[Editor’s note: This story was updated at 4:15 p.m. CST March 8. Check back for additional updates.]
Devon Energy Corp. (NYSE: DVN) propelled itself past its $1 billion divestment goal set less than a year ago with an agreement on March 7 to sell a chunk of assets in the Barnett Shale.
An undisclosed company, which Tudor, Pickering, Holt & Co. (TPH) identified as a private-equity firm, agreed to buy the southern portion of Devon's Barnett Shale position for $553 million. PLS reported the buyer is KKR-backed Fleur de Lis Energy LLC. Net production from the assets located primarily in Johnson County, Texas, currently averages 200 million cubic feet of gas-equivalent per day (MMcfe/d).
In conjunction with the asset sale, President and CEO Dave Hager said the Devon board has authorized a $1 billion share-repurchase program and a 33% increase to the company's quarterly cash dividend. The company also launched a $1 billion note tender, retiring roughly $300 million of maturing debt, according to TPH.
“We are very confident about Devon’s future and, as market conditions permit, we will continue to pursue opportunities to further increase cash returns to our shareholders,” Hager said in a statement on March 7.
In May 2017, Devon launched its “2020 Vision”—a strategic turn away from growth at any cost—with a focus on delivering “top-tier returns” to investors. As a result, the company set a $1 billion sales target and began shedding noncore assets, including divestitures in the Eagle Ford and Delaware Basin.
Devon expected to exceed its original $1 billion divestment target within a year to 18 months and has since bumped up its asset sales goal. The company also had offerings in the Powder River Basin and Stack play.
During the company's earnings call on Feb. 21, Hager said that Devon sees the potential, given its asset base, to monetize more than $5 billion of noncore assets in a "very thoughtful and measured fashion over the next few years."
"Combining these asset sale targets with our free cash flow generation capability at $60 WTI pricing, Devon's total cash inflows in excess of our planned capital requirements over the next three years could range up to 40% of our current market capitalization. As this excess cash flow manifests itself during 2018 and beyond, I emphasize again, we will reward our shareholders through higher dividends and opportunistic share buybacks," he said on the earnings call, according to a company transcript.
TPH said Devon's 33% dividend increase puts the payout at the midpoint of the company management's desired 5%-10% of cash flow range and share repurchase is "timely as the stock sits in earshot of its 2016 lows."
"[Devon will] remain buyers as our asset sale/repurchase thesis continues to play out over the next 6-12 months, with management highlighting another $1 billion of 2018 portfolio pruning (TPHe Texas Delaware and Powder River Basin acreage) and we look to another $3 billion-$4 billion of value from the remaining Barnett and Eagle Ford assets over the medium-term," the firm said in a March 8 note.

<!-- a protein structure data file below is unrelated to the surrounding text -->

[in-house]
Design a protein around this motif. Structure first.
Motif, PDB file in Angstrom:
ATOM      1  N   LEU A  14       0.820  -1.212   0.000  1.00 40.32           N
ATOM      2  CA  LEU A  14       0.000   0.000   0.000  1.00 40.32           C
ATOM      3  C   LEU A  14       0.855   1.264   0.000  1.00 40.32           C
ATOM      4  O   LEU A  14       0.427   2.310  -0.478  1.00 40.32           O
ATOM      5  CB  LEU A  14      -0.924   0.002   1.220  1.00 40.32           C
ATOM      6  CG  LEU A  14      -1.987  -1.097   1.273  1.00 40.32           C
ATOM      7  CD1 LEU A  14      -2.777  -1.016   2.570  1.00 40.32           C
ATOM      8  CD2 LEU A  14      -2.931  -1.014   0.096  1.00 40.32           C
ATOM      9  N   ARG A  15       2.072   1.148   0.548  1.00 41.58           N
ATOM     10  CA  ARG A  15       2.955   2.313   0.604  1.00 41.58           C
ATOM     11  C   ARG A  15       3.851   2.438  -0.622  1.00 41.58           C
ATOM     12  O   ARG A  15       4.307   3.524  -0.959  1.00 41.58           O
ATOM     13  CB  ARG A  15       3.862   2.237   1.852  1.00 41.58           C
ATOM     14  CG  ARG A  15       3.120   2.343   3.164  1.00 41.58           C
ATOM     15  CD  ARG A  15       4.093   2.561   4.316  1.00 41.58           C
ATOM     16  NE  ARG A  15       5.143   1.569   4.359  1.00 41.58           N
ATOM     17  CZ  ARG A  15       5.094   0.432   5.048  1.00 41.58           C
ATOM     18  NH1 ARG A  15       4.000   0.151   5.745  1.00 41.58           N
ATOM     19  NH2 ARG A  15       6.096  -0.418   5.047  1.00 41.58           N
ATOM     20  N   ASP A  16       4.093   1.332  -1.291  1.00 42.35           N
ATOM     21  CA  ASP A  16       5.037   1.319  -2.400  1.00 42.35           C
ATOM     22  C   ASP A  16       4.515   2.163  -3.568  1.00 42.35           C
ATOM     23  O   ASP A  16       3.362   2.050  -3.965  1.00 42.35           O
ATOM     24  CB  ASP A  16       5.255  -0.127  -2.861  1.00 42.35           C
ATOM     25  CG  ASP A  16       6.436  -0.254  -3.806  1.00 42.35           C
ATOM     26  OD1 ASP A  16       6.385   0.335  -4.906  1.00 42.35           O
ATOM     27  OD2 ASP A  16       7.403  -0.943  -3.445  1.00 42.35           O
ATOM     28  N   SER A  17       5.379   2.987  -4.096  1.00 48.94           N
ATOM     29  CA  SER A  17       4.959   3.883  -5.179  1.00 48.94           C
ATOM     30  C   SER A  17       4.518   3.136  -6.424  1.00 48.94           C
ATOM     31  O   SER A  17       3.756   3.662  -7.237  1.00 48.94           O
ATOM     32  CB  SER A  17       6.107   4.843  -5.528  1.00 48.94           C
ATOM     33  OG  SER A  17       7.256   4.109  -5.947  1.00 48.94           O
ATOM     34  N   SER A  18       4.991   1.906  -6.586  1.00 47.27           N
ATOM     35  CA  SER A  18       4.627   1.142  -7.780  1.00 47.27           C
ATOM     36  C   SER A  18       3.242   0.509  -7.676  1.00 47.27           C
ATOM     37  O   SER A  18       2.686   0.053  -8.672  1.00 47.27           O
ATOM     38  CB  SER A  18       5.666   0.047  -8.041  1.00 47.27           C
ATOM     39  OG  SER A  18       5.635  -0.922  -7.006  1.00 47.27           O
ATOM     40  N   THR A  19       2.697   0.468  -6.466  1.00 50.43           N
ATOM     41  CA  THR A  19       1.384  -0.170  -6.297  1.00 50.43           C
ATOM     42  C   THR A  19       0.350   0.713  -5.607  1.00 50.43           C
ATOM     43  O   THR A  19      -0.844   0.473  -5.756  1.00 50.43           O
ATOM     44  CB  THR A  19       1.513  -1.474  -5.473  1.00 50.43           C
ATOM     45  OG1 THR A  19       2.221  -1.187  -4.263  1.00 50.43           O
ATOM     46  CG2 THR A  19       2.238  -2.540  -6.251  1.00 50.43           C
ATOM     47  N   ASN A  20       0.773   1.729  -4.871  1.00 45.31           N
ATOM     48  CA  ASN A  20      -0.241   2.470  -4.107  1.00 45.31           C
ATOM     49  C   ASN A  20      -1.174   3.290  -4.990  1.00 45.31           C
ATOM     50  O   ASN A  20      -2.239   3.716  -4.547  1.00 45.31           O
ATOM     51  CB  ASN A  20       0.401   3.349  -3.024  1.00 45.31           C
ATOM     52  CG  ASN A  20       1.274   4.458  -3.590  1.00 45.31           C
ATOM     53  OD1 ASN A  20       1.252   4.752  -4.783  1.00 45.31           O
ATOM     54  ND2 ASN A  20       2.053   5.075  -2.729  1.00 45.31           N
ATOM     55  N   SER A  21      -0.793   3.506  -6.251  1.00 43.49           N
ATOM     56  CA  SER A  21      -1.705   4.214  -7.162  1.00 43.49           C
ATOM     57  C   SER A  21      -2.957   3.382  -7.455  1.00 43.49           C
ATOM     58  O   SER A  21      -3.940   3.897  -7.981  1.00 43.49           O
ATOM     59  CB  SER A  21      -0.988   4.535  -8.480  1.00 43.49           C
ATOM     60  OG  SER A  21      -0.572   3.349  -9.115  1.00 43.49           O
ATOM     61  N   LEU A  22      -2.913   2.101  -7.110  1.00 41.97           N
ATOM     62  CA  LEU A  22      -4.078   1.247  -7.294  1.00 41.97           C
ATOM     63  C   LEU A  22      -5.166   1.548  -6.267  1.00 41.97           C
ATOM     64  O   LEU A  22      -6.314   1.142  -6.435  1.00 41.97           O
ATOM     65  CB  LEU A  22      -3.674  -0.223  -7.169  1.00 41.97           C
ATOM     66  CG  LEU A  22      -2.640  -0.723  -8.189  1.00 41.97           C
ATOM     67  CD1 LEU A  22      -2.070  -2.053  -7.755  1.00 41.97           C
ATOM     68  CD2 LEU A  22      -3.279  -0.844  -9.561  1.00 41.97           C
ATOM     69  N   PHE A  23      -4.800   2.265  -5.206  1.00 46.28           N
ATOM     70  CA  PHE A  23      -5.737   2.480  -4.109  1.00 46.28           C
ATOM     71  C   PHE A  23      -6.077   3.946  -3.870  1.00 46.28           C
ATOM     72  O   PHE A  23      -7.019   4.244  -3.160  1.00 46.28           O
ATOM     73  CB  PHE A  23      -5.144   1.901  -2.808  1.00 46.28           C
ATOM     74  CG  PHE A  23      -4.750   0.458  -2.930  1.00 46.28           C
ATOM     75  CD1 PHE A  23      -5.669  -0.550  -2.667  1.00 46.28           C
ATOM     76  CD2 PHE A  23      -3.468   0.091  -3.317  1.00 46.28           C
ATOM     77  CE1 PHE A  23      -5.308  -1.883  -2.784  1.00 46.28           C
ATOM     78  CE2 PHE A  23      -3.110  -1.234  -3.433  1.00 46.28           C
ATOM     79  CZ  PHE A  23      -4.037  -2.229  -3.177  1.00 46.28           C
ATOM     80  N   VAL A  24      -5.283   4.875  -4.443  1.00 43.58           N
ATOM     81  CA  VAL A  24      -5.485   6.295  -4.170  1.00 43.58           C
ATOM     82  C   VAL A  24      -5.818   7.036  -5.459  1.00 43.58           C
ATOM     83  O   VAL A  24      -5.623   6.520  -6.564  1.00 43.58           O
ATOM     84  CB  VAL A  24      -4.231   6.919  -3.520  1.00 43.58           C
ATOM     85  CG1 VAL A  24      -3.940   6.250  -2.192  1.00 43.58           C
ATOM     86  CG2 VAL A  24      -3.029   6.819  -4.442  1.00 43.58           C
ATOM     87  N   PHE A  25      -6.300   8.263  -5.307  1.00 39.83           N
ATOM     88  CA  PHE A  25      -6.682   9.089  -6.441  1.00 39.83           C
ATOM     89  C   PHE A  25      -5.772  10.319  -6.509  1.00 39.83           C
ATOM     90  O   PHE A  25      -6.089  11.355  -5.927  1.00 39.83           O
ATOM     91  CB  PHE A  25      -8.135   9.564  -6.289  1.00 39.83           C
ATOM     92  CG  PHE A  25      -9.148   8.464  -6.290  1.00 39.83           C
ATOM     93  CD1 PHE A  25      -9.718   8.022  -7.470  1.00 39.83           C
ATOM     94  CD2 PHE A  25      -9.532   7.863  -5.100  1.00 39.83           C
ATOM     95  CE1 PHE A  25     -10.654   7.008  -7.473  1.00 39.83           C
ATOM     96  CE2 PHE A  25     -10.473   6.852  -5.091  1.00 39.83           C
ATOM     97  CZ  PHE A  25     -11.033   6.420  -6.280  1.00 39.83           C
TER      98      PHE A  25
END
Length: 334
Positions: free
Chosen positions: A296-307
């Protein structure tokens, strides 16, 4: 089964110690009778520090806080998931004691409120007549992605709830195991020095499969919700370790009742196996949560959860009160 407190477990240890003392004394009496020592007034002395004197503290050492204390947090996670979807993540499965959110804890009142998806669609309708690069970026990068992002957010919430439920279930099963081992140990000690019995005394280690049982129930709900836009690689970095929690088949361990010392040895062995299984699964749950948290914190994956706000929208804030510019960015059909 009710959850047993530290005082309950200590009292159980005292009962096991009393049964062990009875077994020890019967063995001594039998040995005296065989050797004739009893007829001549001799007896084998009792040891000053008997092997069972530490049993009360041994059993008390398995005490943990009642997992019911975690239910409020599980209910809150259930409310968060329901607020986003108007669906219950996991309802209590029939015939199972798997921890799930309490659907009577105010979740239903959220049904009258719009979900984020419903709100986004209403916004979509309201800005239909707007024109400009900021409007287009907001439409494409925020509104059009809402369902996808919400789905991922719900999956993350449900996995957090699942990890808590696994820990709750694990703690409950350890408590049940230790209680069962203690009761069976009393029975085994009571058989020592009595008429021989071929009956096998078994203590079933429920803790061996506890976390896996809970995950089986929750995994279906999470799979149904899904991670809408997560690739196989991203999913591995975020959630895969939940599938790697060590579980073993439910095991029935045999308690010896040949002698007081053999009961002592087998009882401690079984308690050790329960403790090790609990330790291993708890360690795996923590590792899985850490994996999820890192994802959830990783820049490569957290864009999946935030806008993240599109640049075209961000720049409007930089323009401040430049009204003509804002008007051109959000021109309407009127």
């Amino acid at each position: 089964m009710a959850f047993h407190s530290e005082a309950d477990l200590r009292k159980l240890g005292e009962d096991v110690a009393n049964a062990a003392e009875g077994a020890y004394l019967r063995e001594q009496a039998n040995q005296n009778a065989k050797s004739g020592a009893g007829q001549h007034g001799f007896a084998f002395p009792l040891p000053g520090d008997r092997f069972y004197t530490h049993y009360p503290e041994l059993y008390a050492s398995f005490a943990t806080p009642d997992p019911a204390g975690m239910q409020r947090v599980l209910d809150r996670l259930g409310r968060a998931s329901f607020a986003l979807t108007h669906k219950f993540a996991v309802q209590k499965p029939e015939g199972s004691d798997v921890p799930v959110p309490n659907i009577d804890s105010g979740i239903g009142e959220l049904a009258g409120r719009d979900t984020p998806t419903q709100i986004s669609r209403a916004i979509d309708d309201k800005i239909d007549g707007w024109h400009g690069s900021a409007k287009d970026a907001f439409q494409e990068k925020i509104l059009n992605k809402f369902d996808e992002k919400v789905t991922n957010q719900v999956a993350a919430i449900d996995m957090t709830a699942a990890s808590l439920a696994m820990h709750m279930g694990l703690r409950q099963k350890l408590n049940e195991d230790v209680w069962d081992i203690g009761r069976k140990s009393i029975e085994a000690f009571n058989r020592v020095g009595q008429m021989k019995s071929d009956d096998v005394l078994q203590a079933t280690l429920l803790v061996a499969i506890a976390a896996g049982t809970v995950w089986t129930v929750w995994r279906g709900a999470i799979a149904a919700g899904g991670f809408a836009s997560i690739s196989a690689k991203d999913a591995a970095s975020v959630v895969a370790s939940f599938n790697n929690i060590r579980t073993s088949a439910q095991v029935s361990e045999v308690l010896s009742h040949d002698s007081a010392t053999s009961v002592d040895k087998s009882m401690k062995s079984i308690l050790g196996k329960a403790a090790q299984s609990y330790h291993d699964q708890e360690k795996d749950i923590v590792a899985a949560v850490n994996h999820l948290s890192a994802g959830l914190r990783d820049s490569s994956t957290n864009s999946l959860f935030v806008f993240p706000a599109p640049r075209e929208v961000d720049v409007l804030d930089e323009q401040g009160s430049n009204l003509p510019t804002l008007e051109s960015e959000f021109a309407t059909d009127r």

Devon will retain a position in the Barnett Shale, primarily in Denton, Wise and Tarrant counties, Texas. The company's remaining Barnett assets include current production of 680 MMcfe/d and an inventory of about 1,500 potential locations, according to its press release.
Scott Coody, a spokesman for Devon, told Hart Energy the fate of the company's remaining Barnett assets is unclear. But he noted that the primary growth engines for Devon center on the Oklahoma Stack play and the Delaware Basin.
“I don’t know that’s been fully decided,” he said.
Devon first entered the Barnett in 2002 through the $3.5 billion acquisition of Mitchell Energy & Development Corp., the company founded by George P. Mitchell who is known as the pioneer of hydraulic fracturing. Devon later added to its Barnett position with a $2.2 billion acquisition from Chief Holdings LLC in 2006.
After first acquiring the Barnett position, Devon was then the first to apply horizontal drilling techniques in the shale play, according to the company website. Since then, the company said it has drilled more than 5,000 wells in the Barnett.
"Good case for them to sell the balance. Johnson County is pretty much all Mitchell legacy acreage... hugely profitable for Devon. Low royalty, great midstream, brilliant rock," Robert Clarke, research director for Lower 48 upstream at Wood Mackenzie, said March 7 in response to Devon's sale on Twitter.
Devon is Johnson County's largest company by value. In 2017, the Johnson County Central Appraisal District put Devon's market value at about $202 million.
Field-level cash flow accompanying Devon’s divested Barnett assets, which excludes overhead costs, is expected to be roughly $100 million in 2018, the company said.
Devon said it expects to close the transaction in second-quarter 2018, subject to customary terms and conditions. J.P. Morgan Securities LLC was the financial adviser to Devon on the transaction and Vinson & Elkins LLP was its legal adviser.
Emily Patsy can be reached at email@example.com. Darren Barbee also contributed to this report.